The price tag, or the estimated price tag on putting the MagicBand system in place, was $1 billion (with a B). And they had to go in front of their Board of Directors to get approval to spend $1 billion on this crazy, huge idea and concept. And in order to do that, in 2012, they put together a full scale live demo, where they broke down a giant room into little cubbies.
Each cubby represented a space in the journey of the customer, starting with the person, sitting at their computer about to book their Disney vacation and walking them through, arriving at the Orlando airport, taking a bus to get to their resort, and going straight to their room to drop off their bags. Because they don’t have to go to the front desk anymore!
From there, it was walking them through the entire process that you had experienced if you went to Disney World today. So the Board of Directors, which was filled with people like Steve Jobs and Sheryl Sandberg, ended up approving this $1 billion expense and it started getting off the ground. But it still took quite a while to get into effect. So the Board of Directors meeting was in 2012 and they didn’t do public testing until the summer of 2013.
Experiencing the new MagicBand process
And Nicole was actually at Disney World when they did this test. She wasn’t at the resort where they were testing. She was at the sister resort to it. So she remembers getting on the buses and hearing people complaining about these MagicBands and how they were locked out of their hotel room. And they’ve had to get help. And they’ve been just such a nightmare, but they got some free, fast passes for participating and for all the troubles they had. So they were still happy about it because they got to go on rides that they otherwise would have had to wait in a really long line for.
Nicole says she just remembers sitting there, feeling so left out because she didn’t have this really cool Mickey band on her wrist. And it’s fascinating to remember. This has all come from an idea on the floor to a $1 billion investment that has definitely paid off for Disney. Now, though, Yasmine’s going to talk a little bit more about the return on investment on this $1 billion product.
Return on an investment of this scale
The first thing to talk about is something that you probably experience when you’re in the parks with your MagicBand. It’s a cashless system that they’ve essentially created for all the park visitors. We don’t know about you, but when we’re walking in Animal Kingdom and we see a really cute pair of ears, it’s just so easy to pick them up, scan our MagicBand on our wrists and not have to pull out a credit card or wallet, worry about cash, worry about fumbling with coins — and just make that purchase. Anyone can enter their pin number and just get out and enjoy the parks. It streamlined things so significantly to the point that, you know, for a lot of customers at Disney World, these purchases are almost mindless and you don’t really realize that you’re spending as much as you are until you check your hotel bill. It makes it really easy to purchase.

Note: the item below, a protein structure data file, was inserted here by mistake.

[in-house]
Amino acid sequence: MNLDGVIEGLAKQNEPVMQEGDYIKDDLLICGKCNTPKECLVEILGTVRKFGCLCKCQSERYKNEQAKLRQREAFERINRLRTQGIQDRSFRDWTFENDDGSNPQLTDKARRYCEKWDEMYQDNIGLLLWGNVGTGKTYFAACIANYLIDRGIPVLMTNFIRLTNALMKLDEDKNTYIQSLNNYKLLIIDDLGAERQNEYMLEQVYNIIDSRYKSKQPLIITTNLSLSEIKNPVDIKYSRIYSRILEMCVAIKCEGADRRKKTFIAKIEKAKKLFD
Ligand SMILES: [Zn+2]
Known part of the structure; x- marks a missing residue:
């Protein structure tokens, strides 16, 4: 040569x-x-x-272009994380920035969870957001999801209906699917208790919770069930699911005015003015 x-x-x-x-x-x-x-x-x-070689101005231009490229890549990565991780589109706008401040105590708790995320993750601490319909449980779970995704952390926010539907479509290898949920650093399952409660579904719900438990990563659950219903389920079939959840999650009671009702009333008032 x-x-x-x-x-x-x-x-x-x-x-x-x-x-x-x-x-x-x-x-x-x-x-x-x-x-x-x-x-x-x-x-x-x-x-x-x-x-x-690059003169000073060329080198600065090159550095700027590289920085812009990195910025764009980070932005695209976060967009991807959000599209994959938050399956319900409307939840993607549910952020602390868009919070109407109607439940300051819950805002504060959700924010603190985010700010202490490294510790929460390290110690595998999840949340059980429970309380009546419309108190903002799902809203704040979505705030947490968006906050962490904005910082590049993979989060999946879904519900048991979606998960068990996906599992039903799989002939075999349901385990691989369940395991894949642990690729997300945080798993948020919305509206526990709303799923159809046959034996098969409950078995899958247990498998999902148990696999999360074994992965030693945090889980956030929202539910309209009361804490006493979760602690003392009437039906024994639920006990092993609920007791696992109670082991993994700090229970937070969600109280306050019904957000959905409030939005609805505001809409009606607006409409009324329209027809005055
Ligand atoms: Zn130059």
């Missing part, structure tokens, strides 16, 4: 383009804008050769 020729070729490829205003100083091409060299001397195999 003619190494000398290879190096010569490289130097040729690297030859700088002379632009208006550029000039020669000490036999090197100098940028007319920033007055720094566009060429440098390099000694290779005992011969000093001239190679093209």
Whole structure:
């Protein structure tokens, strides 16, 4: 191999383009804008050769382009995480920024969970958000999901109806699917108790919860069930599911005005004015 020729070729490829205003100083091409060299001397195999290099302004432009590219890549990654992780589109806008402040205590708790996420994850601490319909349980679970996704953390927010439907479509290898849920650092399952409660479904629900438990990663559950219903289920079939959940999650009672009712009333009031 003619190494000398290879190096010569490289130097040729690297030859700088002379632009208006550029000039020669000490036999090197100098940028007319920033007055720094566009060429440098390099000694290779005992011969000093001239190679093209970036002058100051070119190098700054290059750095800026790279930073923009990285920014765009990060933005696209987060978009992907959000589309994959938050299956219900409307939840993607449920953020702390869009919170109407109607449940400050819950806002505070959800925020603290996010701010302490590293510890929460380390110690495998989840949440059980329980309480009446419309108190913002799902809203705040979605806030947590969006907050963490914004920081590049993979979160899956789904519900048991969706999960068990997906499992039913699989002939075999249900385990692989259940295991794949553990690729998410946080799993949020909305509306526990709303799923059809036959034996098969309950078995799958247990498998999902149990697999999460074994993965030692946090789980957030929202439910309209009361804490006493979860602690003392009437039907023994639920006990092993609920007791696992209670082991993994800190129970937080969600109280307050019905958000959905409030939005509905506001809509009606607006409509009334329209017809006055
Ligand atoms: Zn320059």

It’s pretty easy to imagine that Disney experienced instant ROI just from that capability alone, but let’s dive into the business intelligence element of MagicBands. So what Disney has done is they’ve created a tracking system that basically ties in the in-home experience of the actions people take at the parks. You know, they can track how you’re navigating on the website, through their website analytics. They can track how long it takes you to make a purchase. And then once you’re in the parks, they can actually track what you’re doing.
Their ability to track where you’re coming from comes in handy, because Disney has a lot of ticketed events that are special events that happen after hours. So if you’ve been to Mickey’s Not So Scary Halloween Party, or Mickey’s Very Merry Christmas Party or Magic Kingdom After Hours, those are events that you have to buy an additional ticket to, that’s not included in your day pass in order to attend. But if you have a MagicBand, your extra ticket is on your MagicBand as well. You still get the wristband. So park staff, or cast members, as we like to call them, can actually determine if you are there for the event or not.
Path to purchase
Going back to the business intelligence piece, being able to understand quite literally what that path to purchase is for their customers is such a powerful tool for Disney. They can evaluate endless data and identify these trends and patterns that let them understand what steps people take before they make a purchase. Maybe before you end up purchasing that Pirates of the Caribbean little sword that they have in the gift shop, you ride the ride like two or three times with your kids. And that’s when you make the purchase. That can be a really powerful piece of data for them to note, because then they can predict things like when you will likely purchase, and how much revenue that they can make from an individual guest. And from there be able to make other projections for future planning purposes.
They are tracking so much data. What time did they scan into their hotel room? And what time did they scan into the park? Which section of the park did they go to? When did they leave and what time did they have a lunch? It might not be amazing information on an individual level, but grouped with everyone else that’s visiting Disney, now they have an entire picture of how long it takes someone to get through all the rides in each section of each part and the most popular times for lunch or dinner. So they know how to staff, they know when to expect more guests. They’re actually known to know where everyone is so they can deploy characters to disperse crowds. So if there are long lines at a certain ride, they can get a character out there to kind of disperse where everyone is.